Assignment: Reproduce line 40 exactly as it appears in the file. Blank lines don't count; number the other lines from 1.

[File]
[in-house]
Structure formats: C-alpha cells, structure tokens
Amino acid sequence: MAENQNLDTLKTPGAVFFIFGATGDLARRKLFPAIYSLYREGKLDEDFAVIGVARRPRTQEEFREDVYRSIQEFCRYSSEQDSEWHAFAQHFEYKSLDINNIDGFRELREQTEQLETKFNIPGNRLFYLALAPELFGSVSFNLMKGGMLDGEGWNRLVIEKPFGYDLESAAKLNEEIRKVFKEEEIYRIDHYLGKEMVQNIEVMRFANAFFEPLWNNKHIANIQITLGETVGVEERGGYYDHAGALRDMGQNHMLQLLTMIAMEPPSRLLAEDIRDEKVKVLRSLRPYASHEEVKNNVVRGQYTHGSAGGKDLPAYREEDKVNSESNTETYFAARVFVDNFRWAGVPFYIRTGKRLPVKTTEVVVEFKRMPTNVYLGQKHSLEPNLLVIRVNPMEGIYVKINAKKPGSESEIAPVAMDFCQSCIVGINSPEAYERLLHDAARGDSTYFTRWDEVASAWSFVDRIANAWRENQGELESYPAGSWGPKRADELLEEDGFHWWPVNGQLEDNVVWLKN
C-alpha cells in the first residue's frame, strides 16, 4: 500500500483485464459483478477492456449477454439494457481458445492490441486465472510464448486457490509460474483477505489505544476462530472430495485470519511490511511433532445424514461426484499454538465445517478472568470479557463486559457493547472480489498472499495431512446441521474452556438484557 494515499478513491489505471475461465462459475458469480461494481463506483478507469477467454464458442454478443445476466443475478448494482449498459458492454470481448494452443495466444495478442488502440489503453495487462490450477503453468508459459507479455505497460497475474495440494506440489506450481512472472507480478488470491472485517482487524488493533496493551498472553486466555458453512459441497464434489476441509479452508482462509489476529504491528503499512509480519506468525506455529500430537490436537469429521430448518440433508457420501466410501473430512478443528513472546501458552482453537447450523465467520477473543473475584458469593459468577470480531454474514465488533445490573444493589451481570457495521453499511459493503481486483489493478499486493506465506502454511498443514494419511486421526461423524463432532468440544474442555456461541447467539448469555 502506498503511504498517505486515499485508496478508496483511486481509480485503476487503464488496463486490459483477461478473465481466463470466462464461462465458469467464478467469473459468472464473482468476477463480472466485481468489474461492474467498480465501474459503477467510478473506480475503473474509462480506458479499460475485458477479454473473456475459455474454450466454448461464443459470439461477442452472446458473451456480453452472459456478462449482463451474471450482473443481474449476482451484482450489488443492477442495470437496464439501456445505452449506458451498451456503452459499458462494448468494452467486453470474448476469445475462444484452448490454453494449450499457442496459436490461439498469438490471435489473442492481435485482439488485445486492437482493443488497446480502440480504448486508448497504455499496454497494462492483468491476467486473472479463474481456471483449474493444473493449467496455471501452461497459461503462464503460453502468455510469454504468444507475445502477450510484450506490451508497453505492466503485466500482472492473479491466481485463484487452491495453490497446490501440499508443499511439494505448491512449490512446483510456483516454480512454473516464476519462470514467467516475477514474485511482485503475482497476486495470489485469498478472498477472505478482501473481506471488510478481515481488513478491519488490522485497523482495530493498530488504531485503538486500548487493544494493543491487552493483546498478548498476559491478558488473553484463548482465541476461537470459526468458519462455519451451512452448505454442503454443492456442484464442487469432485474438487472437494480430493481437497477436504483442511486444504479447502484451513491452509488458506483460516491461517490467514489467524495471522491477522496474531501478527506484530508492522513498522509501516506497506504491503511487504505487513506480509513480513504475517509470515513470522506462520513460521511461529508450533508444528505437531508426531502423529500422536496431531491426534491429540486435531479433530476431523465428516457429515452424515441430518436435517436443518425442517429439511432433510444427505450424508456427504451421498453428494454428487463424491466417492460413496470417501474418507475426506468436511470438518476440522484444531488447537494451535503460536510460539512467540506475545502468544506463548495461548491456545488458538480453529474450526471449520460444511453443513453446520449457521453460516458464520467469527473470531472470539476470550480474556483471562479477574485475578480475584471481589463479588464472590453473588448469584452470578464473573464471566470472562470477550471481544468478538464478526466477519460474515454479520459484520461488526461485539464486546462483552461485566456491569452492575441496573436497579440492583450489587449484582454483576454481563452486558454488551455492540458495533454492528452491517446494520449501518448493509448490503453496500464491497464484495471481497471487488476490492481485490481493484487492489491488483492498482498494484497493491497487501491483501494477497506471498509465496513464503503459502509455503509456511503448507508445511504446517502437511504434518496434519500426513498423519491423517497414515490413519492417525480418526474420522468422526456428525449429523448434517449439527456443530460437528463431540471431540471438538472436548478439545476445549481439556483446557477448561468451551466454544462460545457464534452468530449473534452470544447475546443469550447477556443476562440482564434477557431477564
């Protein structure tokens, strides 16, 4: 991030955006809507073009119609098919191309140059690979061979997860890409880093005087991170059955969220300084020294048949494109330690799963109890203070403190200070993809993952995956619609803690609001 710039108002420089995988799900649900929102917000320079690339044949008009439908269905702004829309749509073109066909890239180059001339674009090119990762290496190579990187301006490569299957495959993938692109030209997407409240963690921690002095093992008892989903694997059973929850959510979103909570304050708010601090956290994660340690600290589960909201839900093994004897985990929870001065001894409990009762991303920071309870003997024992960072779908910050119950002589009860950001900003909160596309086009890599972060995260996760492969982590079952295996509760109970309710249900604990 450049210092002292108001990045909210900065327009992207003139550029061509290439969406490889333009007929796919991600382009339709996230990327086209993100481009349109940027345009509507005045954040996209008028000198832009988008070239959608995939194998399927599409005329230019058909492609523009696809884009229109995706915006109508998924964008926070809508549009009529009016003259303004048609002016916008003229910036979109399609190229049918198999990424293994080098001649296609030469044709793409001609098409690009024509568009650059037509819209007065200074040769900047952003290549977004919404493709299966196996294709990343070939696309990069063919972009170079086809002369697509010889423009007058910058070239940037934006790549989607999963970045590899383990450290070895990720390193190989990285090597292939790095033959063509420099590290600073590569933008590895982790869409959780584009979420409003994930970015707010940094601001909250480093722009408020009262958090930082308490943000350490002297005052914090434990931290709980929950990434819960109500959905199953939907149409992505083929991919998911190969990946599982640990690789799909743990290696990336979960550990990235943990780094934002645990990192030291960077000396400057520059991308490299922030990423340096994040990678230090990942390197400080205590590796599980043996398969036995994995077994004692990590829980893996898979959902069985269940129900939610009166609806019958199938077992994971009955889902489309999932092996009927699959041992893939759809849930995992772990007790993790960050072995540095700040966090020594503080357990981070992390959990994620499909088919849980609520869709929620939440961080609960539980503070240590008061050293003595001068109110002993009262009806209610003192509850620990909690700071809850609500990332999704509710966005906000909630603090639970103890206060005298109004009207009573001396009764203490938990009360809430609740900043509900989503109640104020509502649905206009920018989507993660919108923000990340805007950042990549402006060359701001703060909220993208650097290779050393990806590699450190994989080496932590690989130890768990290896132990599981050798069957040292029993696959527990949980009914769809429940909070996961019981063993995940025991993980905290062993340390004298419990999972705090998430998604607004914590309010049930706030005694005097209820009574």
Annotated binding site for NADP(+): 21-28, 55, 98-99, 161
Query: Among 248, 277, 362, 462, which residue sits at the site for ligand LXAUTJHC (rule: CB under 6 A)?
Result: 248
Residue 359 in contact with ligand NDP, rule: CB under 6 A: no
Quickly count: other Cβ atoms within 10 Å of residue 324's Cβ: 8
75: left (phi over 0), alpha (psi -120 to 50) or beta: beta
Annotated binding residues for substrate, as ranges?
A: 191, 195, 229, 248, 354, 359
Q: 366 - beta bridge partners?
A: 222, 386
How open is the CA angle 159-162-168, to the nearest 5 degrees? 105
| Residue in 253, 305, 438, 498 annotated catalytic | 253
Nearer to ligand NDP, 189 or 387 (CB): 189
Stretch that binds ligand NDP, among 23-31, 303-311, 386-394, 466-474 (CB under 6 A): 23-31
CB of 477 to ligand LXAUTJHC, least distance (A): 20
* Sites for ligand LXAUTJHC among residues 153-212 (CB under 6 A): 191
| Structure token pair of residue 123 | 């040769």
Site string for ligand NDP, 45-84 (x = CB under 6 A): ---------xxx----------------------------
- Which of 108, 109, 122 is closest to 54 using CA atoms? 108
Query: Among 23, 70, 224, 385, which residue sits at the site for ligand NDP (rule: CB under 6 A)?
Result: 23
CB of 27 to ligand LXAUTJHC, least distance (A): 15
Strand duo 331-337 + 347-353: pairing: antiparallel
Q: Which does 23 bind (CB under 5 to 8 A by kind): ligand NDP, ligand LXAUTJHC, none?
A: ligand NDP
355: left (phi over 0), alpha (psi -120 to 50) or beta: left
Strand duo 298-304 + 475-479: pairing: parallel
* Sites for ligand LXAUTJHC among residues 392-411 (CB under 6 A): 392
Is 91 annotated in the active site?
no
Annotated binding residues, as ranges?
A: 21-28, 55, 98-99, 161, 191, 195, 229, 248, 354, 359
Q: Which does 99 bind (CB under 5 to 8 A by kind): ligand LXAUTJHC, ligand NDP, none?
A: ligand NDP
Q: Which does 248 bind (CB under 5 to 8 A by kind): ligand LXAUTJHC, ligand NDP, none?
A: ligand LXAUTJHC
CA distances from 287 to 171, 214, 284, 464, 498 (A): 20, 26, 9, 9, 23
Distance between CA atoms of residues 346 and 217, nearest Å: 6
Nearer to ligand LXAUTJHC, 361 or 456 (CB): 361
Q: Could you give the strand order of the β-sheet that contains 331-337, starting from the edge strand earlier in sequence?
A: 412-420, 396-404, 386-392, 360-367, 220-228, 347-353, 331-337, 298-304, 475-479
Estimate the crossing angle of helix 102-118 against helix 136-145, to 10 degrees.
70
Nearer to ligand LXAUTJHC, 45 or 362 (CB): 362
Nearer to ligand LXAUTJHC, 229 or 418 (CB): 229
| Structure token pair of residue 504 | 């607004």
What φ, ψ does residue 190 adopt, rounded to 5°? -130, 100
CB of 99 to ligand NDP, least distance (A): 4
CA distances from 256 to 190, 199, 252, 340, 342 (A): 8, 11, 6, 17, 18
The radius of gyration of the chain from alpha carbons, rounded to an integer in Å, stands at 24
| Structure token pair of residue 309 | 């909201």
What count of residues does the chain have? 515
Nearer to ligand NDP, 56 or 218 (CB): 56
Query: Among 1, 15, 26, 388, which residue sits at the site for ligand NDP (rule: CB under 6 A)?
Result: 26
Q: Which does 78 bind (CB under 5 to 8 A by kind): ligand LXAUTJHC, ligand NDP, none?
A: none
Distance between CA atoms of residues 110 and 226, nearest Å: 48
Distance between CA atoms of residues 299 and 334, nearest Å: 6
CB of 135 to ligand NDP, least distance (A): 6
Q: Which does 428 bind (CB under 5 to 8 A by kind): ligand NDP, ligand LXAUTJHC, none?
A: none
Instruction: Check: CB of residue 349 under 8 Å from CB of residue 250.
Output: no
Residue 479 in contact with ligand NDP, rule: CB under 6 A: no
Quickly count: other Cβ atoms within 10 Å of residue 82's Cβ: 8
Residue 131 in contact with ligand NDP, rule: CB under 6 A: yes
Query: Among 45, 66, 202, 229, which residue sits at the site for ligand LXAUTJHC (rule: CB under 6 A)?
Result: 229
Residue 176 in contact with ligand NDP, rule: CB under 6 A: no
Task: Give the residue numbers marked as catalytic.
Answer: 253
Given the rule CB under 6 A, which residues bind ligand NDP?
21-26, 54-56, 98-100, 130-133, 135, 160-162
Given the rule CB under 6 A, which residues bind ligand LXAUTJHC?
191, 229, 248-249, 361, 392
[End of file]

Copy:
Q: Which does 248 bind (CB under 5 to 8 A by kind): ligand LXAUTJHC, ligand NDP, none?